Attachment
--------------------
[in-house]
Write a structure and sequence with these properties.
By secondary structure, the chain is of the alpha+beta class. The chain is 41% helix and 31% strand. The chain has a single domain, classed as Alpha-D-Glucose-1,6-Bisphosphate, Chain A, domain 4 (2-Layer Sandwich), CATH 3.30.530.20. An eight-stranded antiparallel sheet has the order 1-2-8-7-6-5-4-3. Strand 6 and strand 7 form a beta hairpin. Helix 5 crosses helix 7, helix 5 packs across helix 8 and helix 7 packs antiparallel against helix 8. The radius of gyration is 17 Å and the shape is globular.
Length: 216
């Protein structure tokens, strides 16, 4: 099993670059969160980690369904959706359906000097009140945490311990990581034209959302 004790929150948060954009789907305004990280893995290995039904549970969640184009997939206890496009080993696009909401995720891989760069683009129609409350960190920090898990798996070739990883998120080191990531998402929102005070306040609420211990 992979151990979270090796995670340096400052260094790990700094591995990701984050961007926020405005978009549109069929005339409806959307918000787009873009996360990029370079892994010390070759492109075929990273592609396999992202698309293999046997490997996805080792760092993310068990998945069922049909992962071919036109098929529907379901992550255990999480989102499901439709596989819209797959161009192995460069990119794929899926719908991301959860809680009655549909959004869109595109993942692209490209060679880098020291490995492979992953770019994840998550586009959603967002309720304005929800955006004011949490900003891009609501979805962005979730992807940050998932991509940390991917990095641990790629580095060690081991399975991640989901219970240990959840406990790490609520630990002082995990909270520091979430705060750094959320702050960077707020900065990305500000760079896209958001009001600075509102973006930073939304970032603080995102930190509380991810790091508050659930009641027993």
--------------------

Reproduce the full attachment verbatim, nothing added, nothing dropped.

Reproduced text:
[in-house]
Write a structure and sequence with these properties.
By secondary structure, the chain is of the alpha+beta class. The chain is 41% helix and 31% strand. The chain has a single domain, classed as Alpha-D-Glucose-1,6-Bisphosphate, Chain A, domain 4 (2-Layer Sandwich), CATH 3.30.530.20. An eight-stranded antiparallel sheet has the order 1-2-8-7-6-5-4-3. Strand 6 and strand 7 form a beta hairpin. Helix 5 crosses helix 7, helix 5 packs across helix 8 and helix 7 packs antiparallel against helix 8. The radius of gyration is 17 Å and the shape is globular.
Length: 216
């Protein structure tokens, strides 16, 4: 099993670059969160980690369904959706359906000097009140945490311990990581034209959302 004790929150948060954009789907305004990280893995290995039904549970969640184009997939206890496009080993696009909401995720891989760069683009129609409350960190920090898990798996070739990883998120080191990531998402929102005070306040609420211990 992979151990979270090796995670340096400052260094790990700094591995990701984050961007926020405005978009549109069929005339409806959307918000787009873009996360990029370079892994010390070759492109075929990273592609396999992202698309293999046997490997996805080792760092993310068990998945069922049909992962071919036109098929529907379901992550255990999480989102499901439709596989819209797959161009192995460069990119794929899926719908991301959860809680009655549909959004869109595109993942692209490209060679880098020291490995492979992953770019994840998550586009959603967002309720304005929800955006004011949490900003891009609501979805962005979730992807940050998932991509940390991917990095641990790629580095060690081991399975991640989901219970240990959840406990790490609520630990002082995990909270520091979430705060750094959320702050960077707020900065990305500000760079896209958001009001600075509102973006930073939304970032603080995102930190509380991810790091508050659930009641027993």